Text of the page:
1. True, but Unintended Consequences need to strike sometime. Also, if he were trying to create a repository of Japanese to survive in a worst case scenario, making sure that future generations could keep surviving isn’t outside the realm of possibilities. Not saying that was his goal or his priority, but our current level of genegeniring is messing around with retroviruses. So, he may not have been focusing on it, but he wouldn’t complain if it got passed on.

        Liked by 2 people

      2. I’m no fan of Kayaba, and look forward to his hubris meeting nemesis in this story. Given that he can hand his technology to the players, gamete modification isn’t absolutely essential given what we know now.

        Long term, Janet will find out and may even know. I’m just saying that we can’t yet be certain based on in universe knowledge, because it isn’t immediately lethal, and things are hectic enough know that the medical staff is more interested in things that are.

        Liked by 2 people

      3. True. Very true. This probably isn’t going to be something anyone really thinks about until it becomes abruptly relevant, I think. Some of that may be a deliberate not thinking, because NID. Also, Go’auld. Though, what are the odds that Kayaba created some sort of nastiness to go after invaders? Like, immune system Turned Up to Eleven, ala Shinigami in Upon a Fiery Stead.

        Liked by 2 people

      4. Super immune system stuff would probably be a result of putting a lot of stats into Vit, or maybe a really leveled up skill. (I was just checking the wiki yesterday, and Kirito has near maxed battle healing. Battle healing doesn’t quite fit, but…)

        It may not be long before it becomes relevant. Right now we have a lot of combat stress, and a fairly mixed population. (1 woman for every 2 men.) Medium term, we are probably looking at more space, less supervision, and a lot of boredom. Plus, Japanese and Christmas is coming. There may well be some conceptions soon.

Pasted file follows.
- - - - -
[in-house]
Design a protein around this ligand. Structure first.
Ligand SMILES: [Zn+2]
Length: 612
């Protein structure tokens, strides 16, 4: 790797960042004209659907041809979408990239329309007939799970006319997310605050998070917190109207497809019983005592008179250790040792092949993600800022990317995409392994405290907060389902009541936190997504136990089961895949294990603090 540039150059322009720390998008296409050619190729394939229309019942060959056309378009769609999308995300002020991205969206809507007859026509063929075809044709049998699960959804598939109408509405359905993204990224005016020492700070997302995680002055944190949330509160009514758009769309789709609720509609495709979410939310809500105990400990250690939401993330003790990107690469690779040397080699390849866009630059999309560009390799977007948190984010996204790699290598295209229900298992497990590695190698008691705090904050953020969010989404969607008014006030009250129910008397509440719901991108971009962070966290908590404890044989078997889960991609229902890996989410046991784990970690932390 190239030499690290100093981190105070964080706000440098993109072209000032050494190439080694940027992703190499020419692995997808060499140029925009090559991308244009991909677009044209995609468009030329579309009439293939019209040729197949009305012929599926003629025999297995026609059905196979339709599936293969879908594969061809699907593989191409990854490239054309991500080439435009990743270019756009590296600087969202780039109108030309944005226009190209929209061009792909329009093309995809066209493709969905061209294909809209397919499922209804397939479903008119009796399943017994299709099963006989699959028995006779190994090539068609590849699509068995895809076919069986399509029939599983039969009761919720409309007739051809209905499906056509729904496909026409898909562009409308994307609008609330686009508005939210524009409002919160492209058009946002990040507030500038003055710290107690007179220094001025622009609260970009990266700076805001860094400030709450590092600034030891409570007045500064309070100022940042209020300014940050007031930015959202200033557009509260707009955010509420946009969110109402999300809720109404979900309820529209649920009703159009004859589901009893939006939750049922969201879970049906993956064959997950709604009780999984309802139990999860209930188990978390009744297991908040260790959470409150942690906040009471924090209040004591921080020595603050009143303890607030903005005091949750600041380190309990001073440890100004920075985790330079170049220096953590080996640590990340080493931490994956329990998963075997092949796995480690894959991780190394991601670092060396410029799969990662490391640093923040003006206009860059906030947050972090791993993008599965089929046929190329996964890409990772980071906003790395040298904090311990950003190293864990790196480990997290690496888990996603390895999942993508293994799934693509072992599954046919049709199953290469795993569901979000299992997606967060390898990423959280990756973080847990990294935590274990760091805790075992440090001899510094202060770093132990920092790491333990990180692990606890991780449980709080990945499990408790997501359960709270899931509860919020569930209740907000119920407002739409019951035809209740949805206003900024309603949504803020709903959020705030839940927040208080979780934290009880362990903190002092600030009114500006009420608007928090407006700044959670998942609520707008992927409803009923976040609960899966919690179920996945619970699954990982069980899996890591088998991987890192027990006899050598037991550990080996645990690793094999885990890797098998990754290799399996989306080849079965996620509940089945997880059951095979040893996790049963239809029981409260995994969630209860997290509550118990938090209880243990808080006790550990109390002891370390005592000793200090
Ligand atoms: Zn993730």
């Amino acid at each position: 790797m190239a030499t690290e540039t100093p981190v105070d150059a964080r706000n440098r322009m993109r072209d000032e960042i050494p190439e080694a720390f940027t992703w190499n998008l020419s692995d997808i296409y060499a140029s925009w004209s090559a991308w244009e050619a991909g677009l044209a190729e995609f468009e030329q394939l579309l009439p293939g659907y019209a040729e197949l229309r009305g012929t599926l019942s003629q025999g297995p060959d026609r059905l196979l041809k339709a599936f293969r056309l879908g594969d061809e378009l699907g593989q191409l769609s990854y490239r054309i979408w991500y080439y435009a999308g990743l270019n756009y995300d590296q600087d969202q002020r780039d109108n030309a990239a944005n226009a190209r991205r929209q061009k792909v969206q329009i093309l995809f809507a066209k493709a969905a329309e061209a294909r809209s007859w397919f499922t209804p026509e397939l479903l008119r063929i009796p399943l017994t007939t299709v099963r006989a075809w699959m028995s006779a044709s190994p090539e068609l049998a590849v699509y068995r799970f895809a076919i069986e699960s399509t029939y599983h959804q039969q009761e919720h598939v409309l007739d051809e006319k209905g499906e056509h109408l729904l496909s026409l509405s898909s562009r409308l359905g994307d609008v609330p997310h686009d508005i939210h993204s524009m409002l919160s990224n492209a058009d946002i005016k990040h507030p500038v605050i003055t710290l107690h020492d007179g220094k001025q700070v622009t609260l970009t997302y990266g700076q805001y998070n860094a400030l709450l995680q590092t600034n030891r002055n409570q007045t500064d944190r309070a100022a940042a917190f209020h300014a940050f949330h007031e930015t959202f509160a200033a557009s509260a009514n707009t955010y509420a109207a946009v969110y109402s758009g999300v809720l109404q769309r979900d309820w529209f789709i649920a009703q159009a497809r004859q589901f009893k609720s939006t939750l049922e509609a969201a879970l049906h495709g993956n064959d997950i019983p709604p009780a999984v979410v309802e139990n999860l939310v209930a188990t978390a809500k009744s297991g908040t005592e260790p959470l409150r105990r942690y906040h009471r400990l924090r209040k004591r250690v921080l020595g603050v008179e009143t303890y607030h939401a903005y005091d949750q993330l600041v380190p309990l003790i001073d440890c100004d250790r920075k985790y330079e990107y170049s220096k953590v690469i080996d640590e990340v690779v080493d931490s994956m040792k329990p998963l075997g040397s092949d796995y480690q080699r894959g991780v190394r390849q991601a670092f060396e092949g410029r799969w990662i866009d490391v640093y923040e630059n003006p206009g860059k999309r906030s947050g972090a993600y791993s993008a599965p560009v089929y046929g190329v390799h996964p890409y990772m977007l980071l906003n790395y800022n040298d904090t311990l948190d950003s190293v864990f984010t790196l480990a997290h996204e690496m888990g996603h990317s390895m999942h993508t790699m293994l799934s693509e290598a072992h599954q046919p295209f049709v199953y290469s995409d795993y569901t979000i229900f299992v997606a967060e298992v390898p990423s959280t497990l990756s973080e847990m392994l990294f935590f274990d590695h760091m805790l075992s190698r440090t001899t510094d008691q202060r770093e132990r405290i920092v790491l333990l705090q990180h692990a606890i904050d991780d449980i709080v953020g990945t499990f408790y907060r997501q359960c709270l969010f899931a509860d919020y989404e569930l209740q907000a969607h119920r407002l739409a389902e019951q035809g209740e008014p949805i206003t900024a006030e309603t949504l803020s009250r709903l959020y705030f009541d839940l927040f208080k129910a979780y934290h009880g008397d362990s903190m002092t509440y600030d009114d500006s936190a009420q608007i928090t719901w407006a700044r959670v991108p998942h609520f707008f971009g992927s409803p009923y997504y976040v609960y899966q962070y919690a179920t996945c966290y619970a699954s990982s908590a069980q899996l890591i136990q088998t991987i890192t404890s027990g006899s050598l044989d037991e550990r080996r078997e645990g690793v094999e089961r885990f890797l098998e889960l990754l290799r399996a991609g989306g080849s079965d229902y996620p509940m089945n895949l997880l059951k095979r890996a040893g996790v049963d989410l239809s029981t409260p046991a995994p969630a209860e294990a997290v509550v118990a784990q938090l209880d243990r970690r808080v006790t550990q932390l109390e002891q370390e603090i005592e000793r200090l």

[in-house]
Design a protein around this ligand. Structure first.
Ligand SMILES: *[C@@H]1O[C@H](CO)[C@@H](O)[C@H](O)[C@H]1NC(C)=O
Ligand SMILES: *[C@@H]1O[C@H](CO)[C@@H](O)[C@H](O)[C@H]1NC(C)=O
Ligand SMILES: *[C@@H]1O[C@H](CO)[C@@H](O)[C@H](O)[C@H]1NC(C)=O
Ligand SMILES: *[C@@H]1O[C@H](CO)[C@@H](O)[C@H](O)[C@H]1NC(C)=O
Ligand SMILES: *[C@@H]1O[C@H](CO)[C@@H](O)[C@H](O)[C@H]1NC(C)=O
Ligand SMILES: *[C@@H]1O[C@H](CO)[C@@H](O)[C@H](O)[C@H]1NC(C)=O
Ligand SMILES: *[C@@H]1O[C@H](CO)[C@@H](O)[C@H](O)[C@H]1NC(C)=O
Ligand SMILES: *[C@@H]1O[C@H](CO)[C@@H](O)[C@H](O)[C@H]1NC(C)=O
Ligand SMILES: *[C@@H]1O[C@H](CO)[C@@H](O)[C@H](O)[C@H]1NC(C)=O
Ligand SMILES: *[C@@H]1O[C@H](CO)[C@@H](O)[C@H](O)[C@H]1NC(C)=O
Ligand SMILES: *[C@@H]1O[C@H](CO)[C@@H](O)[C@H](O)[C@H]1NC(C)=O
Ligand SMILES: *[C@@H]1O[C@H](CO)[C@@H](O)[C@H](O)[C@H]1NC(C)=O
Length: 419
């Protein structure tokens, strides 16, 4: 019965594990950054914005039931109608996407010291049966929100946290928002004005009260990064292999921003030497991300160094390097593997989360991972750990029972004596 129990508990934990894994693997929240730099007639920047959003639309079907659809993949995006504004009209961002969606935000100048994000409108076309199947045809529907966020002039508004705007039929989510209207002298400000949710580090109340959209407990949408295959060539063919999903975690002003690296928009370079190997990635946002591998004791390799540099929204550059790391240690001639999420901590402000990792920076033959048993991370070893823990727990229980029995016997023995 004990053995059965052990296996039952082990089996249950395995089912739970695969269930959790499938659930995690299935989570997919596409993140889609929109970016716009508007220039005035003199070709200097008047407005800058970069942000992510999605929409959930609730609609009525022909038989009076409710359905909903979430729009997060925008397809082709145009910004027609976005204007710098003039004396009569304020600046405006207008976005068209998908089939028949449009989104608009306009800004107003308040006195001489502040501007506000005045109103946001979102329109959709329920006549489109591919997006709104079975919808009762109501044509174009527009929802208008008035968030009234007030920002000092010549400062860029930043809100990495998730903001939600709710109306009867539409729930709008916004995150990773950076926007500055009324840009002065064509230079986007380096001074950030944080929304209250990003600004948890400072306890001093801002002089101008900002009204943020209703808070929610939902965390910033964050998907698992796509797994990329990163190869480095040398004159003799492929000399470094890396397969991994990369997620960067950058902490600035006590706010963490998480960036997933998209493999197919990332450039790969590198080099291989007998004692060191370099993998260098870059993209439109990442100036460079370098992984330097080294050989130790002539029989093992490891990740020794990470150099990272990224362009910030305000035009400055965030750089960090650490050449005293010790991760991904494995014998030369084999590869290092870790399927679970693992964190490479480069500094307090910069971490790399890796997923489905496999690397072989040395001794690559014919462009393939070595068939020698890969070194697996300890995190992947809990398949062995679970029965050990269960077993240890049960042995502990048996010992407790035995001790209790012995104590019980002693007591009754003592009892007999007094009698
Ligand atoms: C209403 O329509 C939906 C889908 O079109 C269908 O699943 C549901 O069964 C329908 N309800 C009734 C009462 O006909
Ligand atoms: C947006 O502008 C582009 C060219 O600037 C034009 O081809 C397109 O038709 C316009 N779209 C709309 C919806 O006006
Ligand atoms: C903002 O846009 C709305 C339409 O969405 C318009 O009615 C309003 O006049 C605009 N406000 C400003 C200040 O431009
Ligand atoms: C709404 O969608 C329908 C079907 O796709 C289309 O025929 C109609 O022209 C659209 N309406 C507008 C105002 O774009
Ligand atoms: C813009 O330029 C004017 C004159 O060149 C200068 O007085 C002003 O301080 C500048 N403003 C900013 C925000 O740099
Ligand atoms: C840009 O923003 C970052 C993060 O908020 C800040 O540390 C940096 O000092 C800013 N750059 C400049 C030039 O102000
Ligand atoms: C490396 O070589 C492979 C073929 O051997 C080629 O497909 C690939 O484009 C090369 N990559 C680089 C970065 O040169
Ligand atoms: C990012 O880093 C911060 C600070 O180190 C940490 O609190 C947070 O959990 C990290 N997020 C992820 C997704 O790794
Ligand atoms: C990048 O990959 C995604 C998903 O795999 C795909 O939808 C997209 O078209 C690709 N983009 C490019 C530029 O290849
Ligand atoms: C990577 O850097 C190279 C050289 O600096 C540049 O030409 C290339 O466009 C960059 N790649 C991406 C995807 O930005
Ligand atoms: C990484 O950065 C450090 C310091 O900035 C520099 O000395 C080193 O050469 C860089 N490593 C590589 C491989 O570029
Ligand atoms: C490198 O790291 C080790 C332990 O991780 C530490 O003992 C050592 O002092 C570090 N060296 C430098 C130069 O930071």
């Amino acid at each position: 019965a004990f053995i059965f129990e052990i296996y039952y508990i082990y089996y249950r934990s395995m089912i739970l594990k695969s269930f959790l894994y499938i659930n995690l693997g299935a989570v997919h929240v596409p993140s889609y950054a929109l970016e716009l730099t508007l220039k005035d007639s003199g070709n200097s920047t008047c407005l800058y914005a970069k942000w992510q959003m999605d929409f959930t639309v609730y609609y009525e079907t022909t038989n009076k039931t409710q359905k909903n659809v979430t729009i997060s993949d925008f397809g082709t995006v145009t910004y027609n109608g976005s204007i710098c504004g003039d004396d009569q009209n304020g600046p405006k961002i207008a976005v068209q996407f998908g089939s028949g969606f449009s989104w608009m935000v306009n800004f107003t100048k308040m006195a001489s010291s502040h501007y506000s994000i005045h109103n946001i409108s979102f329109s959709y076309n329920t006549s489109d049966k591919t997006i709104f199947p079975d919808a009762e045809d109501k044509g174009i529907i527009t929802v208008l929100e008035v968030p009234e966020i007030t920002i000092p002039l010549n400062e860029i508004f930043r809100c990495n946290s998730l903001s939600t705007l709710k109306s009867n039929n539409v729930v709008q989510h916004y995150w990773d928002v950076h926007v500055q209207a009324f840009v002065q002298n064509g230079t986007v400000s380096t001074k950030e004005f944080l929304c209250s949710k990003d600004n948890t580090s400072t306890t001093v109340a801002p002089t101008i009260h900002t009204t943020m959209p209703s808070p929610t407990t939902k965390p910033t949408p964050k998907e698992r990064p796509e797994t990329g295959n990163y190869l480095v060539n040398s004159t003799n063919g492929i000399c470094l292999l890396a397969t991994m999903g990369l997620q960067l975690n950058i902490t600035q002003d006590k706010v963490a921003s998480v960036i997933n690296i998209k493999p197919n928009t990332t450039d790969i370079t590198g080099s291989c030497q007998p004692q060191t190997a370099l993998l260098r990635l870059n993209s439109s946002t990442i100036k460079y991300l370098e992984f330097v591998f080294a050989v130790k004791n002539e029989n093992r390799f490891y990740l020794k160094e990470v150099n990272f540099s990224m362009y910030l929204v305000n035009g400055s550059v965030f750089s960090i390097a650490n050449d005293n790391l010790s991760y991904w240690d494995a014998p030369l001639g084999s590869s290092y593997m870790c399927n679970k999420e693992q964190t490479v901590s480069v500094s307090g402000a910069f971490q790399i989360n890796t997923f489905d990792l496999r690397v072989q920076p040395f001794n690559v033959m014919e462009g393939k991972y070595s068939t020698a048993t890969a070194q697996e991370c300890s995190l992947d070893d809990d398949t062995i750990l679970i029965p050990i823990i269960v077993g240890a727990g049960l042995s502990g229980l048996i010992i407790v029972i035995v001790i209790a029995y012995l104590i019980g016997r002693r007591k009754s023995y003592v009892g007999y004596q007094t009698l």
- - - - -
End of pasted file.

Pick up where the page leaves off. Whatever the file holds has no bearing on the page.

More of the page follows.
Liked by 2 people

      5. True again. Battle healing would probably help avoid infection, and might mean his recovery time has been sped up. But that is a very good question about how that would work IRL. At least, in a non-magical setting.

        Liked by 1 person

      6. There are a couple of good candidates for what battle healing is, assuming someone at the NID was really wise about telling Kayaba what would be valuable in a super soldier.

        Historically the concept of HP has at times included the psychological and physical resources needed to avoid hits. As in, are you fresh, or worn out to the point of barely being able to swing a sword.

        Historically, reserves in a shock infantry combat are held far enough back that they don’t see or hear things well enough to be worn out by the stress of being near the combat. Because rested troops can be very effective against tired troops. Even if a rested troop may be more worn out than I have ever been in my life. If you haven’t read accounts of how the hunger, sleep deprivation, fear and so forth combine, you probably aren’t imagining the full scope.

        So battle healing might give a very rapid bounce back, which would involve hormonal, metabolic, and brain modifications. We kinda see evidence of that in mention of how fast Kirito came back from the Kayaba fight.

        Second is combat fatigue, which is not the same thing. Basically, you can only get so many days of high intensity combat out of most infantrymen before they stop being effective. (Modern US training is or was realistic enough that it tended to shorten that time.) Being immune to that is very rare, but it is possible. If Kayaba had a way to create that without making people insane, it’d be extremely valuable. Maybe more so than anything else. But, we see Kirito torn up about things in a way that may preclude combat fatigue immunity.

        I’m thinking modding for combat fatigue immunity might be more of a meditation thing. That said, assuming Kayaba knew what was really valuable. He spent two years nonconsensually modding a bunch of random people. When he could have been doing SGC training scenarios, and positioning for a monopoly on advanced US DoD VR training. So he turned his back on stuff that would have been very militarily valuable for the SGC and hence Earth, and on a bunch of money.

        Liked by 2 people

      7. I would say they’re highly resistant to combat fatigue, even so. The whole mess with sleep-PKing did a number on everyone’s nerves.

        And as for money… if Kayaba had ever wanted that, he’d never have done a death game in the first place.

        Liked by 1 person